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30 March 2010

Ensuring long-term stability for building societies

The Treasury today published a discussion document on options for securing the long-term stability of the building society sector.

The paper seeks views from investors, members, societies and others on options for:

While building societies have historically been well capitalised, and the majority of building societies have responded strongly to challenging conditions since the financial crisis, the new regulatory environment and increased market competition has raised a number of areas where reform could improve the resilience of the building society model. These include improving corporate governance and looking at new funding and capital models.
 
Financial Services Secretary to the Treasury, Paul Myners said:

“Building societies have long been at the heart of financial services in the UK. The sector encourages a diverse financial system and offers a strong business model. The Government is keen to ensure that this remains the case in the long-term.

“I am confident that the range of options available to building societies will enable them to increase their resilience to stress and give the sector, as a whole, the capacity to grow.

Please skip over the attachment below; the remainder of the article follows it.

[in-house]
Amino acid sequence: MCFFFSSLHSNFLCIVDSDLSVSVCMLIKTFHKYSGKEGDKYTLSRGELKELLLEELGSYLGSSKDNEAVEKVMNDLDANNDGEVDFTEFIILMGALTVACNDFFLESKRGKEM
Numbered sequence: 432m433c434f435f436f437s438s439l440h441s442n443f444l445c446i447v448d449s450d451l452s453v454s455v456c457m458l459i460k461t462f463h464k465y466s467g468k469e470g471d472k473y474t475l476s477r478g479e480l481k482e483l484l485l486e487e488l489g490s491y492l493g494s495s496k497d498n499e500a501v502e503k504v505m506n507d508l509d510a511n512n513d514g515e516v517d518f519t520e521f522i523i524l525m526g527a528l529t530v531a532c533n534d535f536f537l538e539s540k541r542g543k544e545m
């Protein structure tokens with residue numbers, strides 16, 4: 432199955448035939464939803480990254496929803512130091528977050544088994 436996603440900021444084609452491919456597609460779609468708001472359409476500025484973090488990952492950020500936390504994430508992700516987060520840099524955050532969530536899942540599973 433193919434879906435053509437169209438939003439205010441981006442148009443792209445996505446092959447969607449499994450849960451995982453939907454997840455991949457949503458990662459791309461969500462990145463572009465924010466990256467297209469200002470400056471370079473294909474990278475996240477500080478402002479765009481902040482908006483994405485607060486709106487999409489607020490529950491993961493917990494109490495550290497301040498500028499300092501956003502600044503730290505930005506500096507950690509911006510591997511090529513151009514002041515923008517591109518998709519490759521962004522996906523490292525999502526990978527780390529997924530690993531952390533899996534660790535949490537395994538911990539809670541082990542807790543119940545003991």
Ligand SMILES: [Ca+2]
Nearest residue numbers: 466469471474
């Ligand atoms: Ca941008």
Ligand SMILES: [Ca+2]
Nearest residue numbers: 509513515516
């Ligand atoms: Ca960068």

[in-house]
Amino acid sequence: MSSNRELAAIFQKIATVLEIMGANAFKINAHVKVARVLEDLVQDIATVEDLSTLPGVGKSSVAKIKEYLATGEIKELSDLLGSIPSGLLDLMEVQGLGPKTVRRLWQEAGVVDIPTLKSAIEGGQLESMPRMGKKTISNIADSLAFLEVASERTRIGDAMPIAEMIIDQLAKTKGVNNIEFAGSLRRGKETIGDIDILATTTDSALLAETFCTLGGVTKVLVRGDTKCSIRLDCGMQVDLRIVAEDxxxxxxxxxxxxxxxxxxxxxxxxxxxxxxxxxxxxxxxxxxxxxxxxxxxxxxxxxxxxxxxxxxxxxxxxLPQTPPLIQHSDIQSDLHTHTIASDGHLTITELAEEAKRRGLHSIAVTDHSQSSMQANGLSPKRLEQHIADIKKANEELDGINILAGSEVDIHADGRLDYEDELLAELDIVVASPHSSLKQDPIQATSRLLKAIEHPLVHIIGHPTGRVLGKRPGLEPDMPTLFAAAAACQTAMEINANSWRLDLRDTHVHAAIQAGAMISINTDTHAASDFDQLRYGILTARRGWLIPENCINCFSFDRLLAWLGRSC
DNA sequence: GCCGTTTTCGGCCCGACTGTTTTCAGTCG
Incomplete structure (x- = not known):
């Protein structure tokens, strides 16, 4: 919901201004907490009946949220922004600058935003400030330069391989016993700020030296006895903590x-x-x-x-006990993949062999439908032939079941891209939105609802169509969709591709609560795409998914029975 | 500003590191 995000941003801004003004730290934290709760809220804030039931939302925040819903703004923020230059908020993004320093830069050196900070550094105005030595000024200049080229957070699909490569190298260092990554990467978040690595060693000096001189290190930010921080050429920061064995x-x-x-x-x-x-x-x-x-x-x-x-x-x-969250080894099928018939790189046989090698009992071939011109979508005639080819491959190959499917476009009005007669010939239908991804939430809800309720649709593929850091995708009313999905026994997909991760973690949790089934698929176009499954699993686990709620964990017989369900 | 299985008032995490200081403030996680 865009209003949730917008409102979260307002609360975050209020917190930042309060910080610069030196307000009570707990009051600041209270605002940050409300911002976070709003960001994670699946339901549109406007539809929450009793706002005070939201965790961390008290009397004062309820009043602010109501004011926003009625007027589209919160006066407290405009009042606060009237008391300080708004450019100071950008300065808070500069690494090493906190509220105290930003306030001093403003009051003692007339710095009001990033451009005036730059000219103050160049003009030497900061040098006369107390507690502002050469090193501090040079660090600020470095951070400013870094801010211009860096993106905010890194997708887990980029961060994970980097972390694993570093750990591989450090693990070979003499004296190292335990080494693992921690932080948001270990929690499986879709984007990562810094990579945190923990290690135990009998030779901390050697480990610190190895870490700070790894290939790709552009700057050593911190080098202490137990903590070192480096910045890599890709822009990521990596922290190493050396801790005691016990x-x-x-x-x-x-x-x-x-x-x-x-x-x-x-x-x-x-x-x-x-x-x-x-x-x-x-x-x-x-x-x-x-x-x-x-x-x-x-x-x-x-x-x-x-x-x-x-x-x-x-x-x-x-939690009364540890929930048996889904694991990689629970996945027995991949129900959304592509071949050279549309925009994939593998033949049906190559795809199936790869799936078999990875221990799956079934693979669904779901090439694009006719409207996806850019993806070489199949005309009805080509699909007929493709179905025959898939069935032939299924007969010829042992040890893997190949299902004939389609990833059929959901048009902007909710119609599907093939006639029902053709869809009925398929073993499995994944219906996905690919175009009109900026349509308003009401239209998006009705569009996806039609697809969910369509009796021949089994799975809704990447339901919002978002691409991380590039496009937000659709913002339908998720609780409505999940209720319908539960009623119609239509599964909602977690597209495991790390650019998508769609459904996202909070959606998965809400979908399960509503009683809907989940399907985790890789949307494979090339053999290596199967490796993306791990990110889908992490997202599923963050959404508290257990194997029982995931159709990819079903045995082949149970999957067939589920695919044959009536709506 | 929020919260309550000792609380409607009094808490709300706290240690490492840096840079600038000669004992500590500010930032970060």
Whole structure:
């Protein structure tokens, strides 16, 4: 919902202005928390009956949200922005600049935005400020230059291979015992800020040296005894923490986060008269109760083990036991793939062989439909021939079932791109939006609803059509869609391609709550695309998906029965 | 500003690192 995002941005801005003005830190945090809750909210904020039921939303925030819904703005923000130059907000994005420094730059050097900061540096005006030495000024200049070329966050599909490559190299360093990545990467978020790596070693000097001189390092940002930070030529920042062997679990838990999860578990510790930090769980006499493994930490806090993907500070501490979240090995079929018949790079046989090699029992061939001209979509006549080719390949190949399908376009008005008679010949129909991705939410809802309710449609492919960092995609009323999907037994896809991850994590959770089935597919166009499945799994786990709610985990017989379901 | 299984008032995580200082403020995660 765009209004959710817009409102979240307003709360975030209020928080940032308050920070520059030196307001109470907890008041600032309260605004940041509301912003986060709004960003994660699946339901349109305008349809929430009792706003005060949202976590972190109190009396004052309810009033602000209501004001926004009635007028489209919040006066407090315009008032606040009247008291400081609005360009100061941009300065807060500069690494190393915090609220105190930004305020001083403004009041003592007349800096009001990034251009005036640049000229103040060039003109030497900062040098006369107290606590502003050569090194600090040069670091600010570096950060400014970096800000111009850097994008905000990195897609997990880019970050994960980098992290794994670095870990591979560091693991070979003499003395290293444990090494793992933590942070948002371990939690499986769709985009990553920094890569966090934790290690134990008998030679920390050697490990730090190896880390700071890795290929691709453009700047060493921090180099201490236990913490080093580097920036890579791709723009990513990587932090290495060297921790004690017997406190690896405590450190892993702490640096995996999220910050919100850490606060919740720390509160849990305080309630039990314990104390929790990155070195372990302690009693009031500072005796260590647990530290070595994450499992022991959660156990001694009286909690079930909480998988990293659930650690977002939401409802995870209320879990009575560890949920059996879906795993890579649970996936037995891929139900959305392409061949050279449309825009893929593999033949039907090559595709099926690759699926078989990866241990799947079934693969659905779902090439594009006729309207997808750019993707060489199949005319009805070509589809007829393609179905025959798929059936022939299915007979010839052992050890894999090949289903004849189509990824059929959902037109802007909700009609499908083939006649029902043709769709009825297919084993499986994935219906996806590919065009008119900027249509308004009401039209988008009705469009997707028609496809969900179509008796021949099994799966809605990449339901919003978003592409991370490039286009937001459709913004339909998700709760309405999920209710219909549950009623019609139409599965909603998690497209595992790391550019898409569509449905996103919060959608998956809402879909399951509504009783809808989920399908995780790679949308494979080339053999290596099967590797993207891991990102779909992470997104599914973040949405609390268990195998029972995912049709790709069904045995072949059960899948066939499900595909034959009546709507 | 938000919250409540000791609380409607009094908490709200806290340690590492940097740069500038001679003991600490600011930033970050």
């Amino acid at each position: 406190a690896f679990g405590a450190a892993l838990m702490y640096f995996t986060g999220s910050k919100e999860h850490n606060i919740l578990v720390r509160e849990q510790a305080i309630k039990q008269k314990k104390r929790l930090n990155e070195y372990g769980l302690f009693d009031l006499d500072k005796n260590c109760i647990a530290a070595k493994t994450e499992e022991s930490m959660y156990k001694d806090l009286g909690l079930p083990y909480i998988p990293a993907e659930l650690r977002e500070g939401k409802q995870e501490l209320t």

“There is a need to consider whether the current capital instruments available to building societies are sufficient to ensure the long term stability and growth of the sector, as well as exploring the alternative options and what changes would be needed to introduce such instruments.”

Notes for editors

  1. In Reforming Financial Markets (2009) the Government commissioned an expert group to discuss the challenges facing building societies. The group explored four issues: pooled funding, shared services, corporate governance and capital. Updates on the work are provided in Pre-budget Report 2009 and Budget 2010. As a result of the work of the experts group, this discussion paper has been published to seek the formal views of the sector and other stakeholders.
  2. Recent consolidation in the building society sector includes mergers of the Yorkshire and Chelsea, Coventry and Stroud and Swindon, Skipton and Chesham building societies.
  3. Retained earnings remain the predominant source of Core Tier 1 capital for building societies. However the current economic climate has highlighted the need to investigate options available to building societies to raise high quality capital in times of stress. Profit Participating Deferred Shares were introduced in June 2009 and first used by The West Bromwich Building Society in order to increase their Core Tier 1 capital ratio.

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